Putting off the evil day: contractual response periods and the crystallisation of construction disputes 

United Kingdom

A recent TCC decision has considered the effect of contractual response periods on the crystallisation of a construction dispute for the purpose of adjudication. This case considers the response period applicable to extension of time claims under the JCT and SBCC forms of contract and is therefore of wide application. The case also considers the extent to which an expert delay report provided in support of a delay claim affects the crystallisation of a dispute referred to adjudication, an issue commonly encountered in practice.

MW High Tech Projects UK Ltd v Balfour Beatty Kilpatrick Ltd

MW engaged Balfour Beatty as a sub-contractor to carry out mechanical and electrical services for a new laboratory. The sub-contract was an amended form of the JCT DB 2011 Sub-contract, however, the standard provisions as to extension of time were preserved. These required Balfour Beatty to notify MW of any delays to the work said to arise from Relevant Events, together with particulars as to the expected effects of the delay and any impact on the contractual date for completion. Under clause 2.18.2, MW was then to notify Balfour Beatty of its decision as to an extension of time “as soon as is reasonably practicable and in any event within 16 weeks of receipt of the required particulars”. Balfour Beatty was also required to notify MW of any material change in the estimated delay or any other particulars.

Following delays to the works, Balfour Beatty served five delay notices on MW between March 2018 and February 2019 seeking a lengthy extension of time. MW did not respond to any of the notices. More than 16 weeks later, Balfour Beatty provided an expert delay report to MW in support of its claims to extension of time and sought a decision within 7 days. MW did not respond and Balfour Beatty commenced an adjudication immediately thereafter.

The adjudicator awarded Balfour Beatty the full extension of time claimed for. MW subsequently brought court proceedings contending that the adjudicator did not have jurisdiction as the dispute decided by him had not crystallised prior to the adjudication. This was on the basis that the delay report relied on by Balfour Beatty introduced a new relevant event and a new critical path analysis. MW relied on the 16-week response period provided for in clause 2.18.2 on the basis that the expert delay report amounted to a notification of a material change in particulars.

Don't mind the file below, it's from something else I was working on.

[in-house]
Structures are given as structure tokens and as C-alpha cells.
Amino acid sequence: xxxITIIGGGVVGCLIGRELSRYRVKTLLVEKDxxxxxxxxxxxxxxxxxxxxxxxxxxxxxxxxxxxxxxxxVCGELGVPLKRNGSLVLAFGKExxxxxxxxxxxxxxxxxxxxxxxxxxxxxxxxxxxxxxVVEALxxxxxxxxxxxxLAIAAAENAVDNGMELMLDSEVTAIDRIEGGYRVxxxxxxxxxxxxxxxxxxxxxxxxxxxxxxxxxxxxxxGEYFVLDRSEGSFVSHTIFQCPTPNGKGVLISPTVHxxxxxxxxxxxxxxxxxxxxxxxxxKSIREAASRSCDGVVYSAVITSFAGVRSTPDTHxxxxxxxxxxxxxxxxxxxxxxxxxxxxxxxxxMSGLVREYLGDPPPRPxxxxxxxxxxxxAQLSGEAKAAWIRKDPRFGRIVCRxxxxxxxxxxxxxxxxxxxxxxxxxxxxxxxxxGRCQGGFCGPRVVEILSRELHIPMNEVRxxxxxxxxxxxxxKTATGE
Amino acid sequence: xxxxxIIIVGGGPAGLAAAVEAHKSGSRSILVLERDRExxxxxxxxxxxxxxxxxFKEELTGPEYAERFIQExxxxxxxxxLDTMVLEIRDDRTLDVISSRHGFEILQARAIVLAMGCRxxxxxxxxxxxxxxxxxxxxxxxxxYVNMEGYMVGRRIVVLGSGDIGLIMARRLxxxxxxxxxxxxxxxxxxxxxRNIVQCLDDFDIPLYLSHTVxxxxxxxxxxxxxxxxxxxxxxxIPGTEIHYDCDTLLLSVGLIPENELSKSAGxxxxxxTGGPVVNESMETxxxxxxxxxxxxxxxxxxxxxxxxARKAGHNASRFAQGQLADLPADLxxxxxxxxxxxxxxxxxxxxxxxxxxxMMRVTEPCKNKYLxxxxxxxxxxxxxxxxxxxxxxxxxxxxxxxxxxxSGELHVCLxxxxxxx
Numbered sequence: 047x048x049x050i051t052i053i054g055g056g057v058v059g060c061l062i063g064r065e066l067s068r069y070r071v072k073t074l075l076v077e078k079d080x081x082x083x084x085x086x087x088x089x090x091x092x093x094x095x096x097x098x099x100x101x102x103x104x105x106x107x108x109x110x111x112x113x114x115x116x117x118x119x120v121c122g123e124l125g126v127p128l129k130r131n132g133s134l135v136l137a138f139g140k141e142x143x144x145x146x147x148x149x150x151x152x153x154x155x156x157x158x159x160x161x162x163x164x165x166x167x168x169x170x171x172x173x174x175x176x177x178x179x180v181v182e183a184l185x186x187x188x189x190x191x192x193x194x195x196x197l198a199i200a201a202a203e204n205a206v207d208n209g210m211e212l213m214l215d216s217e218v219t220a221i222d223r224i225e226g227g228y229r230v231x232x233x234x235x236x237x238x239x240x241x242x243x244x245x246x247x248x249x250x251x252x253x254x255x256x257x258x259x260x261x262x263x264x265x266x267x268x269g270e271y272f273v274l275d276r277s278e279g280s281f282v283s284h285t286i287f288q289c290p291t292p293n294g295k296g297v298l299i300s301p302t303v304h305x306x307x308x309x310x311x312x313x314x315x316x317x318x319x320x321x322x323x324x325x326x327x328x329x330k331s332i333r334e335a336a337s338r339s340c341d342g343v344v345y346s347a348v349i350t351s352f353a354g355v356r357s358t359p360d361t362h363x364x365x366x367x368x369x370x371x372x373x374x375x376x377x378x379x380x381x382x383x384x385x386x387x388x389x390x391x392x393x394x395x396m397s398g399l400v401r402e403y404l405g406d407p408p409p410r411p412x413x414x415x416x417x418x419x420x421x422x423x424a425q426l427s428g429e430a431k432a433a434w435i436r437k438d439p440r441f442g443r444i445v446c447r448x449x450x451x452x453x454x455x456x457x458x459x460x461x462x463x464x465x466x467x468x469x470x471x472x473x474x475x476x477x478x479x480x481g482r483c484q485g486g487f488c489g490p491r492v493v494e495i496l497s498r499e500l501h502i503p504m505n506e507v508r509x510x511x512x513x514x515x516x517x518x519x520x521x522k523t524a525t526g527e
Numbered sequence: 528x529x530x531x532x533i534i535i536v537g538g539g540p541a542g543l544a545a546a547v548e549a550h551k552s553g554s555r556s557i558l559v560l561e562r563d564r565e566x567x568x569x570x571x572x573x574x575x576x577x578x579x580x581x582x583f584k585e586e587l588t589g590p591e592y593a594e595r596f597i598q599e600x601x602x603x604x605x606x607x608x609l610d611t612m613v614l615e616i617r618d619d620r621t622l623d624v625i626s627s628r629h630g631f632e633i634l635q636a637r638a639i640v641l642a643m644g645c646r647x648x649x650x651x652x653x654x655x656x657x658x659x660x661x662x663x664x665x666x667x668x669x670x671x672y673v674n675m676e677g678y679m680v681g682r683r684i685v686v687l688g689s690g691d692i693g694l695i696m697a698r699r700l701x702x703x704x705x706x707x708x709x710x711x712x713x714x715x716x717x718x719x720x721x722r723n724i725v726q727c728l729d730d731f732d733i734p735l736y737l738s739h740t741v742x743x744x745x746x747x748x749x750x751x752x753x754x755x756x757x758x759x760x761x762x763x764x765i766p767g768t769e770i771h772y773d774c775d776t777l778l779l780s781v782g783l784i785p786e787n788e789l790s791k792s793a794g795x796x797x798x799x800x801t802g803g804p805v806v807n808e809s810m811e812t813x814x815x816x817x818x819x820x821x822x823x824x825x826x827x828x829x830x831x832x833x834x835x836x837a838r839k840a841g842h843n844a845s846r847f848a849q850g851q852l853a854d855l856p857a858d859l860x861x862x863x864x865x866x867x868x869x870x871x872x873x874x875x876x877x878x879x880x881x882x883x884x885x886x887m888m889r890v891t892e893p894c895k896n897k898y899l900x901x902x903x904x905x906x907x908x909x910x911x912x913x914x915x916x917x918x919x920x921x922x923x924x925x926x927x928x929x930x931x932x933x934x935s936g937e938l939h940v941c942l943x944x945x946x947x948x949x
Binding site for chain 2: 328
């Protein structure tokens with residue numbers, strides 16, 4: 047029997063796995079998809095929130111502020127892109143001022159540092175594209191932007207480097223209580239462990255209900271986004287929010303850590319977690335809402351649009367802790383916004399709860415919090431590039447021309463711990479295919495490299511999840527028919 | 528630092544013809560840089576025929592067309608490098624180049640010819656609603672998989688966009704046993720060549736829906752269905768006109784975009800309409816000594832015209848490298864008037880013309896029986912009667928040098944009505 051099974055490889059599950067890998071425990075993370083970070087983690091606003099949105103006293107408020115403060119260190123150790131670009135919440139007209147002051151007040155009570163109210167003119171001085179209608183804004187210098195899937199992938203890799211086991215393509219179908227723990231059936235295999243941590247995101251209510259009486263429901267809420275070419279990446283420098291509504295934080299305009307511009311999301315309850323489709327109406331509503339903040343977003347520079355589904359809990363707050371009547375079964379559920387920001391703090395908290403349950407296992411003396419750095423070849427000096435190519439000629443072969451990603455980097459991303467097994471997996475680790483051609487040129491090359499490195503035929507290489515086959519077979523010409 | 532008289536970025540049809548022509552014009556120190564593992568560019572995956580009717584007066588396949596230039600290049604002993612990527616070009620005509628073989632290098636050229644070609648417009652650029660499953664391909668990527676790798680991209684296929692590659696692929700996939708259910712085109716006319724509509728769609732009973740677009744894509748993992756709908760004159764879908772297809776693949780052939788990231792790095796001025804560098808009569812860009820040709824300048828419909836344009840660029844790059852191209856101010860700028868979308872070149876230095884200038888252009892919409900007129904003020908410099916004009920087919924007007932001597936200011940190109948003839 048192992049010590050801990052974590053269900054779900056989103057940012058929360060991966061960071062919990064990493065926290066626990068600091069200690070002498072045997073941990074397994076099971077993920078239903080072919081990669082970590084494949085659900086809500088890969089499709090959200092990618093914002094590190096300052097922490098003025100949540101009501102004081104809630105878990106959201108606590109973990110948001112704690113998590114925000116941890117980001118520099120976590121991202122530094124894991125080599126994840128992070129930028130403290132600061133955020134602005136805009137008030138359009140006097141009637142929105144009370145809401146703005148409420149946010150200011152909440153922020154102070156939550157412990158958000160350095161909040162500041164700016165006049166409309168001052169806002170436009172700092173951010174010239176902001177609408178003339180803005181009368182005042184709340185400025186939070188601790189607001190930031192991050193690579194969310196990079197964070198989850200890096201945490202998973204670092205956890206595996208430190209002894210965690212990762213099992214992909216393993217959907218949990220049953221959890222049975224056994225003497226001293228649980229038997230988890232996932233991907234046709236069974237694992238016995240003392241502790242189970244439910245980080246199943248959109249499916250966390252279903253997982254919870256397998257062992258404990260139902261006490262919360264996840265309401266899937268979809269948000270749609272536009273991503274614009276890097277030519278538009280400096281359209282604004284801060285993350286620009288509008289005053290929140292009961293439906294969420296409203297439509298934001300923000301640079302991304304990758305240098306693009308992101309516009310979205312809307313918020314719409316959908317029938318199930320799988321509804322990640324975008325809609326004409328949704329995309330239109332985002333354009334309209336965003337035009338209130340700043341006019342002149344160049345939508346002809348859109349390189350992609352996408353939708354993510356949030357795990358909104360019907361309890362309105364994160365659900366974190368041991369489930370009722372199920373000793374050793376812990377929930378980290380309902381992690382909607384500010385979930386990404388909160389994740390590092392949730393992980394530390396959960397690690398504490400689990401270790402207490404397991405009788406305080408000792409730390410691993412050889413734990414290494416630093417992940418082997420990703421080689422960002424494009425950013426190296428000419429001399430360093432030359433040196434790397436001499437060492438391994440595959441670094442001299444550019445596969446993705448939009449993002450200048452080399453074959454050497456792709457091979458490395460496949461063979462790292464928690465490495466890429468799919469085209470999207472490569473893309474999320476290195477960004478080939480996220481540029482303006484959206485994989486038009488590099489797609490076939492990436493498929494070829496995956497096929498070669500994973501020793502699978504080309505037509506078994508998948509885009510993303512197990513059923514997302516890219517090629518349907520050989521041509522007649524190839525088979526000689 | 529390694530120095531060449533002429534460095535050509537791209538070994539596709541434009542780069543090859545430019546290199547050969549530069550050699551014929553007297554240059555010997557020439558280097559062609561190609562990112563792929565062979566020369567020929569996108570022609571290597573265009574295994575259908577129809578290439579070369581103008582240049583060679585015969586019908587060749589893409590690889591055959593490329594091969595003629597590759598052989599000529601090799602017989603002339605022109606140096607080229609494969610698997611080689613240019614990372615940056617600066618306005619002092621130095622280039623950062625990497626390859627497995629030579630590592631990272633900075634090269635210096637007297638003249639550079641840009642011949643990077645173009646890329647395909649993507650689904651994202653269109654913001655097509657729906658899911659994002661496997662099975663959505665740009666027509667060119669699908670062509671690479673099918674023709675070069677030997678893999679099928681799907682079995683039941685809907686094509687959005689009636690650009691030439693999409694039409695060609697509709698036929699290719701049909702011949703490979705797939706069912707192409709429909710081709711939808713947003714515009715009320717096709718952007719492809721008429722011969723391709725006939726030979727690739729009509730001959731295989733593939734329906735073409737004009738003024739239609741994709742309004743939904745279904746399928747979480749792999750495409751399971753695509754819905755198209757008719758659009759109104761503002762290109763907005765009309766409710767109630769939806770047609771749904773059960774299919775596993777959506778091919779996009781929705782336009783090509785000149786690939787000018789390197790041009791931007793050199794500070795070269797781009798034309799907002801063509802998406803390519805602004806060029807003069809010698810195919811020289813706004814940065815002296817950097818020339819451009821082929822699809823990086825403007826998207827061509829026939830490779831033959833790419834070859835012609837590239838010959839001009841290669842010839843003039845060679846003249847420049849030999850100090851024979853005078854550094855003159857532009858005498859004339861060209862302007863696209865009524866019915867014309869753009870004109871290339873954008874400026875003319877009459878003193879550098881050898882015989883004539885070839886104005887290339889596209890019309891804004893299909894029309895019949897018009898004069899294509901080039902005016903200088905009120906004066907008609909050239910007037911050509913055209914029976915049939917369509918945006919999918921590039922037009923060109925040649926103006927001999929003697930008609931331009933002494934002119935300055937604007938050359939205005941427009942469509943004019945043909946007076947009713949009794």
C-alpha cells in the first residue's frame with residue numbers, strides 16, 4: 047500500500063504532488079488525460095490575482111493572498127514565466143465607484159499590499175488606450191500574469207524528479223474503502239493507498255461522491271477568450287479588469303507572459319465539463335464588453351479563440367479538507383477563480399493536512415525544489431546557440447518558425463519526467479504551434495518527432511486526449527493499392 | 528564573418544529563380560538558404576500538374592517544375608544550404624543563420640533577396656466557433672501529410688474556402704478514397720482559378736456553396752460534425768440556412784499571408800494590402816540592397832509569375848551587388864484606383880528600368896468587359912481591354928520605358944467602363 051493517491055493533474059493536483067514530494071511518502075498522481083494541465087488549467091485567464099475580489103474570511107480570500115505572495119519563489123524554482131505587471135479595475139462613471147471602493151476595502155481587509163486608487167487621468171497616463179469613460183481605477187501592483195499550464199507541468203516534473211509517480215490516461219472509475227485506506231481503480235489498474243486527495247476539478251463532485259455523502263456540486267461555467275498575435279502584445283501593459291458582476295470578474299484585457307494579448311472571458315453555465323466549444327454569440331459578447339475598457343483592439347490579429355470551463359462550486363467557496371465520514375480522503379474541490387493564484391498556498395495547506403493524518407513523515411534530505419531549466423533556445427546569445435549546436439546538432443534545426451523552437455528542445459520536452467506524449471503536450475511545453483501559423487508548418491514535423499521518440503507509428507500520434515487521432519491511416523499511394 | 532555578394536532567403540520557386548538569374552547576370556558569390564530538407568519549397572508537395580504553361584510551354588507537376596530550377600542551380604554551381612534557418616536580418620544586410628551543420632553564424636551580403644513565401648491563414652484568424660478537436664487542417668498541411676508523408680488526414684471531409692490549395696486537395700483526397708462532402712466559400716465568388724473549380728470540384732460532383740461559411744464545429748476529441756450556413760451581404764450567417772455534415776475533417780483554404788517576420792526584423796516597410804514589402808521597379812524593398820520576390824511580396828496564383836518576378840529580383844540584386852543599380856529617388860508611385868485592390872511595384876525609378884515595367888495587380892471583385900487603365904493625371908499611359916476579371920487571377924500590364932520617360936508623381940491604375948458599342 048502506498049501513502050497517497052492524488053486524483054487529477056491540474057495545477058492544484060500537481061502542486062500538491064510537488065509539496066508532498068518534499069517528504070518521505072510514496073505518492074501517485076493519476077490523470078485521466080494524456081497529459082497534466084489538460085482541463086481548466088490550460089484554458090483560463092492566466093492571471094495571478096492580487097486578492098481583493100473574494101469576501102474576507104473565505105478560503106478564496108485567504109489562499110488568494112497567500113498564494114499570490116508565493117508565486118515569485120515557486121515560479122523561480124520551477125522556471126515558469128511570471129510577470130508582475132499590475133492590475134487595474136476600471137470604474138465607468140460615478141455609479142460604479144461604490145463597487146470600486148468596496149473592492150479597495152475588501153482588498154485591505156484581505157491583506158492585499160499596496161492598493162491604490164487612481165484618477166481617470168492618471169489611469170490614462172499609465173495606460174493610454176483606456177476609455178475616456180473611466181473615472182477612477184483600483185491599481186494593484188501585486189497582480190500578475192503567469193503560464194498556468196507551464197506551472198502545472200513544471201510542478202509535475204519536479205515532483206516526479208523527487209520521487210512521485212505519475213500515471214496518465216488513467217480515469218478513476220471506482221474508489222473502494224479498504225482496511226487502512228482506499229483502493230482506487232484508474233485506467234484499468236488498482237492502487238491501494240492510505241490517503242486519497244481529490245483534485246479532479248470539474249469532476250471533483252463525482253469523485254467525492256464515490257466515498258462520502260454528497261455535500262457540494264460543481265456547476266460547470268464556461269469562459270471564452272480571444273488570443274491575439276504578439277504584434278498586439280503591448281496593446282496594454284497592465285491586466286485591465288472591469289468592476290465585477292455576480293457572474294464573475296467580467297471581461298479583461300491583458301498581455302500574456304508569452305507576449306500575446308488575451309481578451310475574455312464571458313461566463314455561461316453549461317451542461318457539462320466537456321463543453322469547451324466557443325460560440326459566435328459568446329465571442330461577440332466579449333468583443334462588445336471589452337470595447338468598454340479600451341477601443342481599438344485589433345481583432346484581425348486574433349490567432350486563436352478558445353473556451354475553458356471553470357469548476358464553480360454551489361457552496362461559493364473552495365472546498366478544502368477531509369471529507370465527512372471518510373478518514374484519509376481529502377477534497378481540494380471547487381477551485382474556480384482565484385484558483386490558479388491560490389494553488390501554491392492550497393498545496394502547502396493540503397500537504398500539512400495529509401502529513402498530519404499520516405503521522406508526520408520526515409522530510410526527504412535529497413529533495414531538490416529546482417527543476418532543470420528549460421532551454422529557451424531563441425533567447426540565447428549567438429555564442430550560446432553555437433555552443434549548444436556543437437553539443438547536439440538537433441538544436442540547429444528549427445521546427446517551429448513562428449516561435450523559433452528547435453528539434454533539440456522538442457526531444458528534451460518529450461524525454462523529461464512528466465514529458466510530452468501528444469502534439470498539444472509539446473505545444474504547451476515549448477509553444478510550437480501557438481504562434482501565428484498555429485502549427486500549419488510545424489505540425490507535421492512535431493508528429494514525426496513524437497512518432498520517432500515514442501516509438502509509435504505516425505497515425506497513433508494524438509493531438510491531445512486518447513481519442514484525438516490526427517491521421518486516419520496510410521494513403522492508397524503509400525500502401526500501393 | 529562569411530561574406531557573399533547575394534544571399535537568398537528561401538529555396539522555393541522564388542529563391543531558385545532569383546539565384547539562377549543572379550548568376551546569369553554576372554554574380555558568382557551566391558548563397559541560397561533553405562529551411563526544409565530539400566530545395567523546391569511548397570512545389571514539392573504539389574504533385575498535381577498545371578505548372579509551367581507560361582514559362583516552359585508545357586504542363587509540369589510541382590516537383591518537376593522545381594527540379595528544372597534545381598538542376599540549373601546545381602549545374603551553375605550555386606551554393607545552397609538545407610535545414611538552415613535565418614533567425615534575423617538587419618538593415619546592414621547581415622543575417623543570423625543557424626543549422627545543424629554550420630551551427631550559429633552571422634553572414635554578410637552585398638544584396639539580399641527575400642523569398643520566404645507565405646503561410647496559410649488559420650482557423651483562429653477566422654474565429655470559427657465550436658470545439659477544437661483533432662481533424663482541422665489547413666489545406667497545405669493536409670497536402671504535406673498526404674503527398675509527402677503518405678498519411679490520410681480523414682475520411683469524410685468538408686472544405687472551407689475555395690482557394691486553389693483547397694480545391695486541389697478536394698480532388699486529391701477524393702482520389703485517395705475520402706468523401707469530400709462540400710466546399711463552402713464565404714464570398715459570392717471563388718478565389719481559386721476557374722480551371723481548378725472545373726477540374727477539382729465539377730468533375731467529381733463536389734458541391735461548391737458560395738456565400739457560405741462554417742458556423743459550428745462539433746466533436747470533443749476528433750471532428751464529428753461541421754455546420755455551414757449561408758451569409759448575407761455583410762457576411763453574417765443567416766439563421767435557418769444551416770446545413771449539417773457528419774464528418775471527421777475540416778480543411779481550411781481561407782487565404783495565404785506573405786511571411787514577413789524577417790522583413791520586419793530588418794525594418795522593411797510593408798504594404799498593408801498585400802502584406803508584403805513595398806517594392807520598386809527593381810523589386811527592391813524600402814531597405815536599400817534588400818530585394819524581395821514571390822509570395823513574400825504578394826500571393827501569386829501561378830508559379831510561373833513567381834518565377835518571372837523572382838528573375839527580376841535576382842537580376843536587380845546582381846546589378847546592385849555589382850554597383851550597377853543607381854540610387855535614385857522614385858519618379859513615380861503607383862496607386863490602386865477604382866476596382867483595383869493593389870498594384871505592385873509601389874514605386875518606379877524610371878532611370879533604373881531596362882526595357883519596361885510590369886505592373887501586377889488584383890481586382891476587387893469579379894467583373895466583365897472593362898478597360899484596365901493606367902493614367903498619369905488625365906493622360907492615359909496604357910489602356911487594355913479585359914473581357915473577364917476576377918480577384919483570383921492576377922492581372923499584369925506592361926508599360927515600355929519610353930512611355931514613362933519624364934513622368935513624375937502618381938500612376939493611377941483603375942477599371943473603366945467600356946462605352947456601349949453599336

No material change

The court accepted the premise of MW’s argument that, in the absence of an express rejection, a dispute could not crystallise in relation to a delay notice until the passing of the 16-week response period in clause 2.18.2. However, this period had already passed at the time the expert report was provided by Balfour Beatty. That report did not restart the 16-week period for two reasons:

  • The report did not advance a delay claim materially different from the previous delay notices. Although a new critical path assessment had been provided, the causes of the delays remained delays to MW’s preceding works.
  • Even if the report had amounted to a material change in particulars requiring a notification under the sub-contract, not all such notifications would restart the response period. Only changes which produced a claim that was so different to the original notified claim that it amounted to a new delay notice would start a further 16-week response period.

Consequently, the expert report did not affect the dispute which had already crystallised and the adjudicator had the necessary jurisdiction.

Conclusions and implications

The JCT sub-contract conditions considered by the court have materially the same provisions as the JCT and SBCC Standard Building Contract and Design and Build Contract, although the time period for responding in these main contracts is 12 weeks. Therefore, the reasoning in this decision is likely to be widely applicable to contracts let under the JCT / SBCC form (subject to any relevant amendments).

The decision appears to be the first in which it has been stated that a contractual response period would prevent the crystallisation of a dispute for the purpose of adjudication until the end of that period, in the absence of a response. This will provide comfort to employers or main contractors with the benefit of such periods that the threat of an adjudication can be kept at bay pending a considered response. Contractors and sub-contractors, on the other hand, should consider carefully the restriction on their ability to crystallise a dispute and thereby bring adjudications posed by these provisions.

The decision is also significant in finding that the delivery of an expert delay report with a new critical path analysis did not affect the prior crystallisation of a dispute in relation to the delay claims in respect of which it was prepared. Such reports are often procured by Referring Parties in the lead up to the commencement of an adjudication, with Responding Parties complaining of impermissible ambush and raising “no dispute” objections if a sufficient opportunity to review and comment on the report is not provided ahead of time.

References:

MW High Tech Projects UK Ltd v Balfour Beatty Kilpatrick Ltd [2020] EWHC 1413 (TCC).